Is California a Bellwether for Teachers?
It's always risky to extrapolate the results of a poll from one state to another, but if what voters in California are thinking is any indication, then teachers across the nation are entering a new era ("California voters take a dim view of teacher tenure," Los Angeles Times, Apr. 11). At least that's one takeaway from a new USC Dornsife/Los Angeles Times telephone survey of 1,504 voters from Mar. 28 through Apr. 7.
Their views are in line with the decision in the widely publicized Vergara v. California suit last year. Specifically, respondents favored far more time before tenure is granted, performance to count more than seniority in layoffs, and pay raises to be based on merit. They also wanted more resources to be allocated to schools with disadvantaged students.
Readers who have been following these issues should not be at all surprised. The success of some charter schools is being cited as evidence. If they can post high test scores and high graduation rates, then why can't all traditional public schools do the same? It's an unfair question, as I've indicated by the use of italics. But voters mistakenly believe it must be because of the existence of teachers' unions that make it too difficult to fire ineffective teachers. It matters little that charter schools play by an entirely different set of rules.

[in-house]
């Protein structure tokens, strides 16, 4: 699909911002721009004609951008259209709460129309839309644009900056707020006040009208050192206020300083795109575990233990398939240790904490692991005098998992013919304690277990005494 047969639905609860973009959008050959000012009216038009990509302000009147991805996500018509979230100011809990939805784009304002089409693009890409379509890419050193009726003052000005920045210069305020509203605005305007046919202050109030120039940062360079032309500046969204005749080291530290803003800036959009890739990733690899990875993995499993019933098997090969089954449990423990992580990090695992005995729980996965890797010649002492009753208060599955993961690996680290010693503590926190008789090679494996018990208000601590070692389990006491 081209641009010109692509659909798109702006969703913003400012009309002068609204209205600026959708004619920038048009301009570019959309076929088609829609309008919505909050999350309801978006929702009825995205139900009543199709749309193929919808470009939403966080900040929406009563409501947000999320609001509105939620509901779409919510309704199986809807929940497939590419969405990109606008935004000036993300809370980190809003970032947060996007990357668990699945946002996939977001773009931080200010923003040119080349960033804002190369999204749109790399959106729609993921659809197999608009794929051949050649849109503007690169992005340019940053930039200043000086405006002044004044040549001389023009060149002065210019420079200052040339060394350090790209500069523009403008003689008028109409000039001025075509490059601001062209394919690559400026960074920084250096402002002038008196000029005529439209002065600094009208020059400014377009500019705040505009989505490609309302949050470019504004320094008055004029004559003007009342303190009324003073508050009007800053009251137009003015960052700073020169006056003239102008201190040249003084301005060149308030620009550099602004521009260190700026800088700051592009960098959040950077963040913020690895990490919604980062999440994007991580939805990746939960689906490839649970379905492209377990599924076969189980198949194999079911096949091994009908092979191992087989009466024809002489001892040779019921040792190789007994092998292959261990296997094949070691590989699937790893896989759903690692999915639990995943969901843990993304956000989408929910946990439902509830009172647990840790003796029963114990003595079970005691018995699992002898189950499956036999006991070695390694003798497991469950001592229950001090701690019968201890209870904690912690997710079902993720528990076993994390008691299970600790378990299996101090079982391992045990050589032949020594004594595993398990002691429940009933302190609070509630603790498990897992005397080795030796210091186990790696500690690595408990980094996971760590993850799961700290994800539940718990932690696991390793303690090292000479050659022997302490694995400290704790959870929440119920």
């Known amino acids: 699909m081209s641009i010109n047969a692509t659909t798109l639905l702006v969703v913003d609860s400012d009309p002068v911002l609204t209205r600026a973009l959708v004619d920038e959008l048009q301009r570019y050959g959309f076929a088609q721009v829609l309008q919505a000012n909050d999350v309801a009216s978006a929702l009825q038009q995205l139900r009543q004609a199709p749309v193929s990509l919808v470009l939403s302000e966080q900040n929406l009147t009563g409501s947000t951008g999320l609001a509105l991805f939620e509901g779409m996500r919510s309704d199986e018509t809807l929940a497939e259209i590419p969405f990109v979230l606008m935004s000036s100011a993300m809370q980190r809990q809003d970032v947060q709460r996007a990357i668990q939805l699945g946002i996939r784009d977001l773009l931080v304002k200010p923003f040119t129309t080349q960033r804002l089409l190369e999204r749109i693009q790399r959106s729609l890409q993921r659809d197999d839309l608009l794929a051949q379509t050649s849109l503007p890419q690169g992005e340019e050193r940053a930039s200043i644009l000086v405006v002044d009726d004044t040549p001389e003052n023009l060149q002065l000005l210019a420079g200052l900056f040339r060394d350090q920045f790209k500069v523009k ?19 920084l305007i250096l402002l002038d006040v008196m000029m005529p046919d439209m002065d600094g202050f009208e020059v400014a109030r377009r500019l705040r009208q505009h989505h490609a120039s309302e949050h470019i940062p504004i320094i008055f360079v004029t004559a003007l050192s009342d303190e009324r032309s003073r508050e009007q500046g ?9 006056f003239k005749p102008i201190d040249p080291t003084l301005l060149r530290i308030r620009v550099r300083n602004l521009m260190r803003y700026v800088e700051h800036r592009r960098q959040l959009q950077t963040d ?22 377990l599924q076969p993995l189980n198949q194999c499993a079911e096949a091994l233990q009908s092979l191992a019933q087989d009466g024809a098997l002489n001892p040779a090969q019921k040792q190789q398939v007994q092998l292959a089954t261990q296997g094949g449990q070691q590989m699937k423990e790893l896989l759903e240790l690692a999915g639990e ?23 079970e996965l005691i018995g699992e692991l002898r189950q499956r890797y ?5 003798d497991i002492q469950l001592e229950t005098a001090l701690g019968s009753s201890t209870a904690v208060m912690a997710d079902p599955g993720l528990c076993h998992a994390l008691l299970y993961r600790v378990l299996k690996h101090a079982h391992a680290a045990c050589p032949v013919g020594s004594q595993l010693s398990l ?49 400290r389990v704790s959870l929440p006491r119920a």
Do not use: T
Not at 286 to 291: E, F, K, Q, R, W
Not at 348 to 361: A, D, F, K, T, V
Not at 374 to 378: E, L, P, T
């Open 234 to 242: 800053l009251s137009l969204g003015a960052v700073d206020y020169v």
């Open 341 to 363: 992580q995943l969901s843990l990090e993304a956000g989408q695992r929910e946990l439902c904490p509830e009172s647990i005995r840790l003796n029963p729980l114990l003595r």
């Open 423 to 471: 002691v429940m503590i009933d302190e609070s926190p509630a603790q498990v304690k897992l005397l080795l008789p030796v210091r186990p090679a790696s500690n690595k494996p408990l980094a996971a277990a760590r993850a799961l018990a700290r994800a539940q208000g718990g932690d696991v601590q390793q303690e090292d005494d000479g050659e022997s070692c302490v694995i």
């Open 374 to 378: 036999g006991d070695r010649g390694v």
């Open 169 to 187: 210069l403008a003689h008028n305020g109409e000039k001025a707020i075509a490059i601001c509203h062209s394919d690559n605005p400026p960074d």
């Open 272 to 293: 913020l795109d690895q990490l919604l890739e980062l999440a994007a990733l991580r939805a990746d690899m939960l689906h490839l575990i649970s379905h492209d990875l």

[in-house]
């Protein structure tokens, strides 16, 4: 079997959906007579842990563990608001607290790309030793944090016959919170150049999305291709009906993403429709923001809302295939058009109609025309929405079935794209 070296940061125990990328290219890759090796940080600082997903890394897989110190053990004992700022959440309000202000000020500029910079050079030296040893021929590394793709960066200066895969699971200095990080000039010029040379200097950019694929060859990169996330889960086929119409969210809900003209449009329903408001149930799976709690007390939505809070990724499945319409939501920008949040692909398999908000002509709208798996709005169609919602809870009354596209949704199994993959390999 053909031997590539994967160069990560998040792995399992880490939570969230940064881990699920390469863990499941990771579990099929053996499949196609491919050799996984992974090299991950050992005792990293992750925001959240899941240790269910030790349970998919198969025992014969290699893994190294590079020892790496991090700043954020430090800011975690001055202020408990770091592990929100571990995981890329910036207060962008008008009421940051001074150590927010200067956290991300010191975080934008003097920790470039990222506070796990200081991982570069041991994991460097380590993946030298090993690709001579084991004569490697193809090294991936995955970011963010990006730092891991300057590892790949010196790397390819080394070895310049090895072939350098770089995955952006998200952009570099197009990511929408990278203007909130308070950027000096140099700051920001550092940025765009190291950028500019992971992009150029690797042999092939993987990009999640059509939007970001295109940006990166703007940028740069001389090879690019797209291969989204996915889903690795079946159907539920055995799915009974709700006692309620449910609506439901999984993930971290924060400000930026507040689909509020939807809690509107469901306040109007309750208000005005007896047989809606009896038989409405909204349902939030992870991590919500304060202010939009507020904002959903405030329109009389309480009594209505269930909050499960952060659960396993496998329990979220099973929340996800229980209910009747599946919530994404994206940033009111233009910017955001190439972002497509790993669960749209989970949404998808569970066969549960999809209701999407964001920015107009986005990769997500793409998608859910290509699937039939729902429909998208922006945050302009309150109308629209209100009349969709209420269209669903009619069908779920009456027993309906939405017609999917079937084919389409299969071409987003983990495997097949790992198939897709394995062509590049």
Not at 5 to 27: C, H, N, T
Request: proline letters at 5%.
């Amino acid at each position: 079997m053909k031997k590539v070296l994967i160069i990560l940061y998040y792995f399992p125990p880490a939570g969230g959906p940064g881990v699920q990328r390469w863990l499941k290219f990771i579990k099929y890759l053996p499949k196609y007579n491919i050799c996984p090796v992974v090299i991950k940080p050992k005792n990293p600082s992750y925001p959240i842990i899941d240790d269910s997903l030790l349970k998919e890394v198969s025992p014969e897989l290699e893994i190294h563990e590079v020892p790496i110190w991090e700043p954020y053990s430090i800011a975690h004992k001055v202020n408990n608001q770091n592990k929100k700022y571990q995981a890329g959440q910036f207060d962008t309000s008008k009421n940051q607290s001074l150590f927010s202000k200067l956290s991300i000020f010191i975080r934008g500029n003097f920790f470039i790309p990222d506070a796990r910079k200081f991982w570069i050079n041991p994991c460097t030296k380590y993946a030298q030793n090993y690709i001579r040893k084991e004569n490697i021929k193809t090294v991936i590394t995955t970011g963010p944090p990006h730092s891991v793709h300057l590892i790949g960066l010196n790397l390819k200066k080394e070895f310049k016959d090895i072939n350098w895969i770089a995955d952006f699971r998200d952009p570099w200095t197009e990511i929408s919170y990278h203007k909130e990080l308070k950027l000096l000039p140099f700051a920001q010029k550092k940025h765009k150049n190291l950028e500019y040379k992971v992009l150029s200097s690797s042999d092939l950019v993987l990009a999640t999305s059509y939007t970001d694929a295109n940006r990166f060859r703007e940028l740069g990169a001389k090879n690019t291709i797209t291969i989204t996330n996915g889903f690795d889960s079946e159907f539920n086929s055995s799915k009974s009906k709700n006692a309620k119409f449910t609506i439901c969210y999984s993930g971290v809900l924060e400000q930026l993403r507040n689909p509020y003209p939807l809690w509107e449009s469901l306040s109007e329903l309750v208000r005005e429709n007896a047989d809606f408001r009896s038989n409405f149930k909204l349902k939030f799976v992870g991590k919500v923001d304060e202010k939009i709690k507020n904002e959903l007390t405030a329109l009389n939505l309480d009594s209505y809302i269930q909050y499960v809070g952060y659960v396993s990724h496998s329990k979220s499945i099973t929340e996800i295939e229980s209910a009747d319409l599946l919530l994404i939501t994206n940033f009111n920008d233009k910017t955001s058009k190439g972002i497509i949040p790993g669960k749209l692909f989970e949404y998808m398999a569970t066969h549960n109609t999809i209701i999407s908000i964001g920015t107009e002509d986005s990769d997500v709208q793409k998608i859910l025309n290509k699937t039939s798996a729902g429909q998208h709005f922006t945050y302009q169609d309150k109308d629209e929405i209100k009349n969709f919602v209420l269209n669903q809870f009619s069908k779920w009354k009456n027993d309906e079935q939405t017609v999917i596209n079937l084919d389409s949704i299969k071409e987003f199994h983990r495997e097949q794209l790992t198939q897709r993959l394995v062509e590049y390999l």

Parents have always had the right to enroll their children in private schools at their own expense. But the Supreme Court in Zelman v. Simmons-Harris made it clear that public funds can now go to private schools provided they first go to parents. That is the law of the land.
California has long been known as a bellwether for the nation. That's why I believe that other polls will show similar results as the USC Dornsife/Los Angeles Times survey. I hope I'm wrong because I support public schools. But times are changing.